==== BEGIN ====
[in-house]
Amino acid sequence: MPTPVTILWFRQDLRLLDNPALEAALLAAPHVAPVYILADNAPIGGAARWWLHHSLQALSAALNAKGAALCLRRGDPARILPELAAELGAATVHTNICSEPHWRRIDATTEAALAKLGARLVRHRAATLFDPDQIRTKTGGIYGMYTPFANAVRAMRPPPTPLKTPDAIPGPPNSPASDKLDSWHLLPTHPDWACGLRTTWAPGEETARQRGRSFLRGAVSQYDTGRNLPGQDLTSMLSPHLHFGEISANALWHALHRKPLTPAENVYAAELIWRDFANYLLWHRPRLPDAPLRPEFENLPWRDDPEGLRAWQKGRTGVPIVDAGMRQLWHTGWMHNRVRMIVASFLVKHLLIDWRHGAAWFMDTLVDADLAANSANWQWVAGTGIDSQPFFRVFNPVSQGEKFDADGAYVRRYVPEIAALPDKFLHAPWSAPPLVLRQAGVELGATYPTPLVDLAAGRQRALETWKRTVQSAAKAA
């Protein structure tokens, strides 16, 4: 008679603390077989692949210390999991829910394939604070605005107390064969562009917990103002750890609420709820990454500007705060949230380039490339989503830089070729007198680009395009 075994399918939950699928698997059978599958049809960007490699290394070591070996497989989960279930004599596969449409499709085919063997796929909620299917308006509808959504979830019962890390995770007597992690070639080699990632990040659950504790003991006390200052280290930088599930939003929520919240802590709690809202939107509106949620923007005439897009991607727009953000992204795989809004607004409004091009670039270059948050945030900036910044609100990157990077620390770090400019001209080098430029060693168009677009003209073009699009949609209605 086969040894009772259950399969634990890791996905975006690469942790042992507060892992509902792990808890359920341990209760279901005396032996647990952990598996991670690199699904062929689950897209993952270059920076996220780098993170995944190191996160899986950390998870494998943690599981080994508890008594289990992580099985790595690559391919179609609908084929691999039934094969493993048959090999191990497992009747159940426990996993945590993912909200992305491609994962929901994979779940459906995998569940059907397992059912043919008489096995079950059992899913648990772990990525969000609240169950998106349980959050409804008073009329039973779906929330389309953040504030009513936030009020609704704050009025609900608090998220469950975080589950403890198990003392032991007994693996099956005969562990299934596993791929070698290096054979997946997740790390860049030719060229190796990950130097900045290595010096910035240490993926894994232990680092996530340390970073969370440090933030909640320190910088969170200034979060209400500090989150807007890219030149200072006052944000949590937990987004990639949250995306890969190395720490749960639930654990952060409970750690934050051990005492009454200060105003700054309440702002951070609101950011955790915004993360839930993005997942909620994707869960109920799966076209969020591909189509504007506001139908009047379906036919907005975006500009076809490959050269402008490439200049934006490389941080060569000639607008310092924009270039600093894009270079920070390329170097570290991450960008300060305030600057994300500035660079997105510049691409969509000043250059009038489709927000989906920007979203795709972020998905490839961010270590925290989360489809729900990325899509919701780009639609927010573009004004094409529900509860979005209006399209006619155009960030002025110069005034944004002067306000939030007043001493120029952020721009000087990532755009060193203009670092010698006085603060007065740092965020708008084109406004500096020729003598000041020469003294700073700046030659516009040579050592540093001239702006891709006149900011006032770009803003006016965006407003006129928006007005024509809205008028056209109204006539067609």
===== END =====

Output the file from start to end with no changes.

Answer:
[in-house]
Amino acid sequence: MPTPVTILWFRQDLRLLDNPALEAALLAAPHVAPVYILADNAPIGGAARWWLHHSLQALSAALNAKGAALCLRRGDPARILPELAAELGAATVHTNICSEPHWRRIDATTEAALAKLGARLVRHRAATLFDPDQIRTKTGGIYGMYTPFANAVRAMRPPPTPLKTPDAIPGPPNSPASDKLDSWHLLPTHPDWACGLRTTWAPGEETARQRGRSFLRGAVSQYDTGRNLPGQDLTSMLSPHLHFGEISANALWHALHRKPLTPAENVYAAELIWRDFANYLLWHRPRLPDAPLRPEFENLPWRDDPEGLRAWQKGRTGVPIVDAGMRQLWHTGWMHNRVRMIVASFLVKHLLIDWRHGAAWFMDTLVDADLAANSANWQWVAGTGIDSQPFFRVFNPVSQGEKFDADGAYVRRYVPEIAALPDKFLHAPWSAPPLVLRQAGVELGATYPTPLVDLAAGRQRALETWKRTVQSAAKAA
């Protein structure tokens, strides 16, 4: 008679603390077989692949210390999991829910394939604070605005107390064969562009917990103002750890609420709820990454500007705060949230380039490339989503830089070729007198680009395009 075994399918939950699928698997059978599958049809960007490699290394070591070996497989989960279930004599596969449409499709085919063997796929909620299917308006509808959504979830019962890390995770007597992690070639080699990632990040659950504790003991006390200052280290930088599930939003929520919240802590709690809202939107509106949620923007005439897009991607727009953000992204795989809004607004409004091009670039270059948050945030900036910044609100990157990077620390770090400019001209080098430029060693168009677009003209073009699009949609209605 086969040894009772259950399969634990890791996905975006690469942790042992507060892992509902792990808890359920341990209760279901005396032996647990952990598996991670690199699904062929689950897209993952270059920076996220780098993170995944190191996160899986950390998870494998943690599981080994508890008594289990992580099985790595690559391919179609609908084929691999039934094969493993048959090999191990497992009747159940426990996993945590993912909200992305491609994962929901994979779940459906995998569940059907397992059912043919008489096995079950059992899913648990772990990525969000609240169950998106349980959050409804008073009329039973779906929330389309953040504030009513936030009020609704704050009025609900608090998220469950975080589950403890198990003392032991007994693996099956005969562990299934596993791929070698290096054979997946997740790390860049030719060229190796990950130097900045290595010096910035240490993926894994232990680092996530340390970073969370440090933030909640320190910088969170200034979060209400500090989150807007890219030149200072006052944000949590937990987004990639949250995306890969190395720490749960639930654990952060409970750690934050051990005492009454200060105003700054309440702002951070609101950011955790915004993360839930993005997942909620994707869960109920799966076209969020591909189509504007506001139908009047379906036919907005975006500009076809490959050269402008490439200049934006490389941080060569000639607008310092924009270039600093894009270079920070390329170097570290991450960008300060305030600057994300500035660079997105510049691409969509000043250059009038489709927000989906920007979203795709972020998905490839961010270590925290989360489809729900990325899509919701780009639609927010573009004004094409529900509860979005209006399209006619155009960030002025110069005034944004002067306000939030007043001493120029952020721009000087990532755009060193203009670092010698006085603060007065740092965020708008084109406004500096020729003598000041020469003294700073700046030659516009040579050592540093001239702006891709006149900011006032770009803003006016965006407003006129928006007005024509809205008028056209109204006539067609």